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Apple TV+'s Physical Loses Its Strong Voice in Final Season | TV … – Roger Ebert

What does it look like to triumph over an eating disorder? That’s the central question in Season Three of “Physical,” starring Rose Byrne as the fitness entrepreneur Sheila. In this final installment, “Physical” moves from dramatizing what bulimia looks and feels like to imagining a resolution to the many problems, compromises, and mistakes Sheila has made along the way.
Without giving too much away, I can say that Sheila finds an imperfect peace, a way not to silence the voices inside her head but to exist in harmony with them. After bending to fit everyone else’s expectations, she finally gains enough confidence and power to insist on her values and live by them.
Byrne continues to use her sad eyes, evident vulnerability, and capacity to exude power to her advantage. Her performance doesn’t shy away from Sheila’s issues, but she never turns our main character into a villain.
All of which to say, “Physical” wraps up perhaps too nicely. Season Three harkens back to earlier moments, Sheila examining another pimple, side characters left behind getting neat conclusions. It leans into the lore of its previous two seasons, a move that feels a little unearned for a show with around 15 hours to its name. 
This final season is also disjointed, as if they had to stuff multiple seasons of plot and character development into one last set of episodes. Shows like “Physical” need six seasons to tease out their story arcs and build complex explorations of their themes. Too often, they have to wrap their stories quickly, and the last season of “Physical” suffers from just that.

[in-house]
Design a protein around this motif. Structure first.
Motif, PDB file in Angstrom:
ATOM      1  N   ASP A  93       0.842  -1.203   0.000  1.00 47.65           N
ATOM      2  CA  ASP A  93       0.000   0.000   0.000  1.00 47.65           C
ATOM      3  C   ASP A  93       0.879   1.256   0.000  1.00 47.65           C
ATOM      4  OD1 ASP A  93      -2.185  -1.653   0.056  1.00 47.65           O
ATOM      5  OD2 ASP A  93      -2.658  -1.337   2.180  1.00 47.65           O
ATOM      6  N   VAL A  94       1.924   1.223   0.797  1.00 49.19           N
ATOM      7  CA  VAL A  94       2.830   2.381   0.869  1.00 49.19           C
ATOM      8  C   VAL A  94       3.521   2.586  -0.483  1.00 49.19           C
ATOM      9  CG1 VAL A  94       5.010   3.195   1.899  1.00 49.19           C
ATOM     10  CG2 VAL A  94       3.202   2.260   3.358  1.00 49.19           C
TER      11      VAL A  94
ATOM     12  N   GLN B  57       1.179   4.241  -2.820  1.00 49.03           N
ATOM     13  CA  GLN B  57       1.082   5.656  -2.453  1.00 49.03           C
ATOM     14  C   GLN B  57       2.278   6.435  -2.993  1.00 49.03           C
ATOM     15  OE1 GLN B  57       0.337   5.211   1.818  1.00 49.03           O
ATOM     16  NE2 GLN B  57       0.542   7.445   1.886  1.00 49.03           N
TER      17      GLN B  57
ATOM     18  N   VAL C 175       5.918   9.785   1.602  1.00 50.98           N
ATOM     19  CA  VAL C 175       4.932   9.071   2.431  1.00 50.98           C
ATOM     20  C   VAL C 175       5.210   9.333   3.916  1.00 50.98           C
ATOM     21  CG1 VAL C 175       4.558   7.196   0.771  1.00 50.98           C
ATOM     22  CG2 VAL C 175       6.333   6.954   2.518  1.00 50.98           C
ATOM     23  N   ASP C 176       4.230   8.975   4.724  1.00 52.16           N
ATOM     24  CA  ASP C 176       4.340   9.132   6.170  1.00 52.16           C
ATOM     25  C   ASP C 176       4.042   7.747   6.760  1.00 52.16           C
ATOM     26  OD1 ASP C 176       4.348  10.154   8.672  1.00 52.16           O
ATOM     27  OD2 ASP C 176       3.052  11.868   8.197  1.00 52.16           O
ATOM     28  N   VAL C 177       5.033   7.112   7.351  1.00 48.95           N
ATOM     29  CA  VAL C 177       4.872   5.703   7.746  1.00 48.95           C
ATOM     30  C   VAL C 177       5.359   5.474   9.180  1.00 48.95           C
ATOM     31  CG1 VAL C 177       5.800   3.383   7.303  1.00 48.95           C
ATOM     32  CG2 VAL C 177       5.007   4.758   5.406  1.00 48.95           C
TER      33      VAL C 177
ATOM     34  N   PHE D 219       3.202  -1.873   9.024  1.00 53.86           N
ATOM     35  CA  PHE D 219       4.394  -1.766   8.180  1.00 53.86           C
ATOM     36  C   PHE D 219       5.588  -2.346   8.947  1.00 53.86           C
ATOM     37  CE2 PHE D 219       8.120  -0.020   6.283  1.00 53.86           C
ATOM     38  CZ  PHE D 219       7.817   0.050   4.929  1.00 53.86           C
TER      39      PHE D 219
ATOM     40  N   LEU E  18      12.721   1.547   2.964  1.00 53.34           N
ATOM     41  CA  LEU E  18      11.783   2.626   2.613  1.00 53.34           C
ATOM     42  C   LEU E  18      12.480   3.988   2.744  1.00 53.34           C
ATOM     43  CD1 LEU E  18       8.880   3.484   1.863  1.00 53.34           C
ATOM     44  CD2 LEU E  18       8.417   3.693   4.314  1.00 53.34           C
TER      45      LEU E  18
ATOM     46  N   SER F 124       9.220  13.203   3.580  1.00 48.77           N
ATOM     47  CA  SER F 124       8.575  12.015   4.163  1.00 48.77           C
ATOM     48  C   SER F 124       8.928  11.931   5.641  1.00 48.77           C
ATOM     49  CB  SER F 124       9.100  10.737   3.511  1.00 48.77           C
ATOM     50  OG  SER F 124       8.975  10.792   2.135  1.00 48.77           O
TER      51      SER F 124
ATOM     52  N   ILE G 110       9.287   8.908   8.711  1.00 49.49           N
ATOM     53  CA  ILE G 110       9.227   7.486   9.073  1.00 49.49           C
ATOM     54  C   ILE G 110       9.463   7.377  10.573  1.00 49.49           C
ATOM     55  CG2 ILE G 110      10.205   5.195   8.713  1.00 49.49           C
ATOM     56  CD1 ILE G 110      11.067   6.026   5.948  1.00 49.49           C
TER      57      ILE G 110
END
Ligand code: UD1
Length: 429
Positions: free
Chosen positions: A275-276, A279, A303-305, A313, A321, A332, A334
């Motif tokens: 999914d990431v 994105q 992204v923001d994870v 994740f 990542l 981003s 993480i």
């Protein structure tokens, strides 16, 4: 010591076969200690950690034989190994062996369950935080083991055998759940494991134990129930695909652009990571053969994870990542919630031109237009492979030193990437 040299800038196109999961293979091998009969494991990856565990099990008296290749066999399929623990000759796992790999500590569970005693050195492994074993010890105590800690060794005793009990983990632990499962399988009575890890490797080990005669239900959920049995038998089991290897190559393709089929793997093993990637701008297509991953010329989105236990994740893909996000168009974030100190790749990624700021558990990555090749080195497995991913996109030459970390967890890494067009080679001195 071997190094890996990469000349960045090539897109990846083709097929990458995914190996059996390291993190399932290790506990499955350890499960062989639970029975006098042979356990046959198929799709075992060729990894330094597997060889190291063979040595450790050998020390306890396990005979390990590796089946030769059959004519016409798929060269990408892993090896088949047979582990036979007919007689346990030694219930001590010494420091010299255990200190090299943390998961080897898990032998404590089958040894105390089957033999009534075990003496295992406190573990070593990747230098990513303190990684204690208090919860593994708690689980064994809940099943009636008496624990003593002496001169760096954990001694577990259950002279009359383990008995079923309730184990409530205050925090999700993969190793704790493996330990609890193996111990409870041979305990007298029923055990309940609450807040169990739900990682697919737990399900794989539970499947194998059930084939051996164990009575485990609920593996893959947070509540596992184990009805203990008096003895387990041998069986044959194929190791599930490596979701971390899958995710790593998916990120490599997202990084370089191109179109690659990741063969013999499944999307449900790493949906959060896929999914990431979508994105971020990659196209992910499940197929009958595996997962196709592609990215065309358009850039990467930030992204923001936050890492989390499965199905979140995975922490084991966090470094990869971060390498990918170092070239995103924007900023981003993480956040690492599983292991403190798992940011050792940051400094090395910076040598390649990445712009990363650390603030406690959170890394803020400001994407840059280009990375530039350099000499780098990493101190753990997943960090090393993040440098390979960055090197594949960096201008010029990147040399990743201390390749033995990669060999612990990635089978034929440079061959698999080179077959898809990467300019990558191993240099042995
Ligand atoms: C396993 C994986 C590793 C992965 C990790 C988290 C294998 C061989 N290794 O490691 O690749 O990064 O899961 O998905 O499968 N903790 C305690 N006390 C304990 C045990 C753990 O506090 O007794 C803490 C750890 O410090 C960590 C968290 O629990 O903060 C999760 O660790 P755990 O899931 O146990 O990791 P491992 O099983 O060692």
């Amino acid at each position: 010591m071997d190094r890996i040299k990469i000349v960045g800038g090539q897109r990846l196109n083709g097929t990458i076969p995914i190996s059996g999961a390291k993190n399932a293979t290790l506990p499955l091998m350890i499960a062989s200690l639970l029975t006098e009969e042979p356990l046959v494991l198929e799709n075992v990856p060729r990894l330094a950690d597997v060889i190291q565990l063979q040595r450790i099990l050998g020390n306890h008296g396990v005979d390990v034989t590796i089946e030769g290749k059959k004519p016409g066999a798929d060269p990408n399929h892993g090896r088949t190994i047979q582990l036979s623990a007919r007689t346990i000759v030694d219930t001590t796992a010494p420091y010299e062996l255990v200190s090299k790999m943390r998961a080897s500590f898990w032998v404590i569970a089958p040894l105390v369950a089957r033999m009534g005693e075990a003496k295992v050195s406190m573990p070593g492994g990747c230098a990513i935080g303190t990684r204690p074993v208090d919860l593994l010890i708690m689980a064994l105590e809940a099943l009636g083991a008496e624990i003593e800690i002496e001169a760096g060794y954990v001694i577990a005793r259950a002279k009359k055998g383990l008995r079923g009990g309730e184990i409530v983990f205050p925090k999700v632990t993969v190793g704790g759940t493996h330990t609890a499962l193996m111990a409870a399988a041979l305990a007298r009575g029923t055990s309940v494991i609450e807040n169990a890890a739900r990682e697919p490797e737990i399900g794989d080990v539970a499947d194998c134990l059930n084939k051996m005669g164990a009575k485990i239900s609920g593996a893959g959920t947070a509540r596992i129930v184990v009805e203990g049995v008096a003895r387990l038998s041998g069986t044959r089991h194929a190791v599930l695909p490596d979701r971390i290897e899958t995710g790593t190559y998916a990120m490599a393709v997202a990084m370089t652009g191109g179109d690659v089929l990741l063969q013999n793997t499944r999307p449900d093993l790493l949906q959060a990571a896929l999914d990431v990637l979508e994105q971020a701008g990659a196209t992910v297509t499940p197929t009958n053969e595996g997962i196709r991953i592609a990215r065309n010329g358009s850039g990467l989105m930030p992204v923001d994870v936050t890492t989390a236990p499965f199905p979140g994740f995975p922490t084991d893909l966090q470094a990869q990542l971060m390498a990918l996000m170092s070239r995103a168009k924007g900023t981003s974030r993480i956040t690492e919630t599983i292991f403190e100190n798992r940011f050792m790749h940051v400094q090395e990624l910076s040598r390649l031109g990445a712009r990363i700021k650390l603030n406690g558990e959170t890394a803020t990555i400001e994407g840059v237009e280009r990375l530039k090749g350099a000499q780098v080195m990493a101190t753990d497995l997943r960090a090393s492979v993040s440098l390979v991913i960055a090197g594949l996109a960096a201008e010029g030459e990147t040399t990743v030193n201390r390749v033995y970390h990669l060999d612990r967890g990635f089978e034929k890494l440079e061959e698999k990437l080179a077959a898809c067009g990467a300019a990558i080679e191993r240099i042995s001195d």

This season opens with Sheila battling Zooey Deschanel’s Kelly Kilmartin. Well, more like Sheila is battling the idea of her. Kelly, the real woman, is busy building a Jane Fonda-esque fitness empire with rival products. The two become real business competitors, but at the start, Sheila doesn’t interact with the actual Kelly. Instead, she’s arguing with a fictionalized version of Kelly, a phantom who embodies and speaks to Sheila’s worst fear while also making Sheila seem crazy. Kelly is Sheila’s inner, self-hating voice personified.
As Kelly, Deschanel appears to have fun under all that bleached hair. She oozes sex and snarkiness, speaking in a hyper-affected accent. “Physical” doesn’t waste Deschanel’s many talents, giving her space to sing and dance on screen and generally vamp it up.
But partway through the season, the show abandons that conflict after a climax so extreme that I thought it was in Sheila’s head. When Greta (Dierdre Friel) confirms that Sheila’s nightmare did, indeed, come true in the flesh, it’s hard to know where “Physical” can go next.
The show then pivots, and after ditching Kelly, it becomes less like in-depth storytelling and more like fan service. Have you been missing anybody from Season One? Don’t worry; you’ll find out what happened to them here. Do you want more confirmation that Danny (Rory Scovel) is terrible (but somewhat alluring)? Stay tuned!
It’s a shame, as “Physical” started with such a strong, unique voice. Sheila’s situation may be extreme, but it’s relatable. Her negative self-talk dramatizes a part of the feminine experience rarely explored on television—how it feels like to exist as a feeling object within the patriarchy. 
The last season doesn’t abandon that conceit, but Sheila’s path to fulfillment is more about economic fulfillment than self-actualization. It’s money—and the freedom it buys—that heals her. And that capitalistic fantasy is frustrating, a rare false note in a show filled with self-assured numbers.
“Physical” ends up buying into the system it started out critiquing, setting up a simple narrative where making money can help women recover from the thousands of cuts of negative messages about our bodies and worth. If only it were that simple.
Season Three of “Physical” premieres on August 2nd on Apple TV+. 
Cristina Escobar is the co-founder of LatinaMedia.Co, a digital publication uplifting Latina and gender non-conforming Latinx perspectives in media.
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